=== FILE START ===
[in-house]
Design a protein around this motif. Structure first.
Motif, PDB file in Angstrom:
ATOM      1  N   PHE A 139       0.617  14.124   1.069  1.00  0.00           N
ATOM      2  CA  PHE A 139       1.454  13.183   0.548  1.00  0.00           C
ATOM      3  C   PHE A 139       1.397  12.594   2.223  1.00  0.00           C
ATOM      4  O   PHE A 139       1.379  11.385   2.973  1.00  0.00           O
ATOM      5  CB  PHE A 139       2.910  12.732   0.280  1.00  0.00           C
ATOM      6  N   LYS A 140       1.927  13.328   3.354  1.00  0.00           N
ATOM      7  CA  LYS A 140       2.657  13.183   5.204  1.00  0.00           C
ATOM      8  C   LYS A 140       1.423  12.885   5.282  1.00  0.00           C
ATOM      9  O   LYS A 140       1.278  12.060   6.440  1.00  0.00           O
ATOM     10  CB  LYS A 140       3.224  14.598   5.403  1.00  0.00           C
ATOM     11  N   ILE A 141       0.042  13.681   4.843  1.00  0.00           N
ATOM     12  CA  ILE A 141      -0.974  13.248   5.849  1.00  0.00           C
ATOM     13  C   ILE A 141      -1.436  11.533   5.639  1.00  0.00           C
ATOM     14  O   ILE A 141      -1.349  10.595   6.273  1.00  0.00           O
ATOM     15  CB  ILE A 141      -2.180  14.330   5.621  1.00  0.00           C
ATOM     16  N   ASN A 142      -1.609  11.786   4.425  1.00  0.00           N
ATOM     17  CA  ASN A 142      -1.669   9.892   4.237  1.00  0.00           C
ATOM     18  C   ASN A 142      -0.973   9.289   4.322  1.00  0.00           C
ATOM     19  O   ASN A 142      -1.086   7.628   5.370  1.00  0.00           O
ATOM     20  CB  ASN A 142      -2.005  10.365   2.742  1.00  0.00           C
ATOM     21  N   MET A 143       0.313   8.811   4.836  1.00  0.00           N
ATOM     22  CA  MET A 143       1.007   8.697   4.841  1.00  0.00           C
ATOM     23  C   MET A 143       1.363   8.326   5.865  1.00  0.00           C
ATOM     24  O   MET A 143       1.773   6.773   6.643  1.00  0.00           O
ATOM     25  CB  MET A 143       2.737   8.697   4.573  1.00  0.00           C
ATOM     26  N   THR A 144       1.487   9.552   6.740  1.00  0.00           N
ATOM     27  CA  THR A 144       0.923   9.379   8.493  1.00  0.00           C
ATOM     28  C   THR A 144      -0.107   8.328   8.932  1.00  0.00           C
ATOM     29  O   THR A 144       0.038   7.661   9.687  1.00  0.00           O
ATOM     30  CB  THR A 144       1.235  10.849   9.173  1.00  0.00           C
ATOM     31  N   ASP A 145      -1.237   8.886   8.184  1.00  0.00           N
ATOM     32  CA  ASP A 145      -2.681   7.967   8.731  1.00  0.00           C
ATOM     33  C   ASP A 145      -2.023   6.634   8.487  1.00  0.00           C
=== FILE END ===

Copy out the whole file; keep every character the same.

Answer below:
[in-house]
Design a protein around this motif. Structure first.
Motif, PDB file in Angstrom:
ATOM      1  N   PHE A 139       0.617  14.124   1.069  1.00  0.00           N
ATOM      2  CA  PHE A 139       1.454  13.183   0.548  1.00  0.00           C
ATOM      3  C   PHE A 139       1.397  12.594   2.223  1.00  0.00           C
ATOM      4  O   PHE A 139       1.379  11.385   2.973  1.00  0.00           O
ATOM      5  CB  PHE A 139       2.910  12.732   0.280  1.00  0.00           C
ATOM      6  N   LYS A 140       1.927  13.328   3.354  1.00  0.00           N
ATOM      7  CA  LYS A 140       2.657  13.183   5.204  1.00  0.00           C
ATOM      8  C   LYS A 140       1.423  12.885   5.282  1.00  0.00           C
ATOM      9  O   LYS A 140       1.278  12.060   6.440  1.00  0.00           O
ATOM     10  CB  LYS A 140       3.224  14.598   5.403  1.00  0.00           C
ATOM     11  N   ILE A 141       0.042  13.681   4.843  1.00  0.00           N
ATOM     12  CA  ILE A 141      -0.974  13.248   5.849  1.00  0.00           C
ATOM     13  C   ILE A 141      -1.436  11.533   5.639  1.00  0.00           C
ATOM     14  O   ILE A 141      -1.349  10.595   6.273  1.00  0.00           O
ATOM     15  CB  ILE A 141      -2.180  14.330   5.621  1.00  0.00           C
ATOM     16  N   ASN A 142      -1.609  11.786   4.425  1.00  0.00           N
ATOM     17  CA  ASN A 142      -1.669   9.892   4.237  1.00  0.00           C
ATOM     18  C   ASN A 142      -0.973   9.289   4.322  1.00  0.00           C
ATOM     19  O   ASN A 142      -1.086   7.628   5.370  1.00  0.00           O
ATOM     20  CB  ASN A 142      -2.005  10.365   2.742  1.00  0.00           C
ATOM     21  N   MET A 143       0.313   8.811   4.836  1.00  0.00           N
ATOM     22  CA  MET A 143       1.007   8.697   4.841  1.00  0.00           C
ATOM     23  C   MET A 143       1.363   8.326   5.865  1.00  0.00           C
ATOM     24  O   MET A 143       1.773   6.773   6.643  1.00  0.00           O
ATOM     25  CB  MET A 143       2.737   8.697   4.573  1.00  0.00           C
ATOM     26  N   THR A 144       1.487   9.552   6.740  1.00  0.00           N
ATOM     27  CA  THR A 144       0.923   9.379   8.493  1.00  0.00           C
ATOM     28  C   THR A 144      -0.107   8.328   8.932  1.00  0.00           C
ATOM     29  O   THR A 144       0.038   7.661   9.687  1.00  0.00           O
ATOM     30  CB  THR A 144       1.235  10.849   9.173  1.00  0.00           C
ATOM     31  N   ASP A 145      -1.237   8.886   8.184  1.00  0.00           N
ATOM     32  CA  ASP A 145      -2.681   7.967   8.731  1.00  0.00           C
ATOM     33  C   ASP A 145      -2.023   6.634   8.487  1.00  0.00           C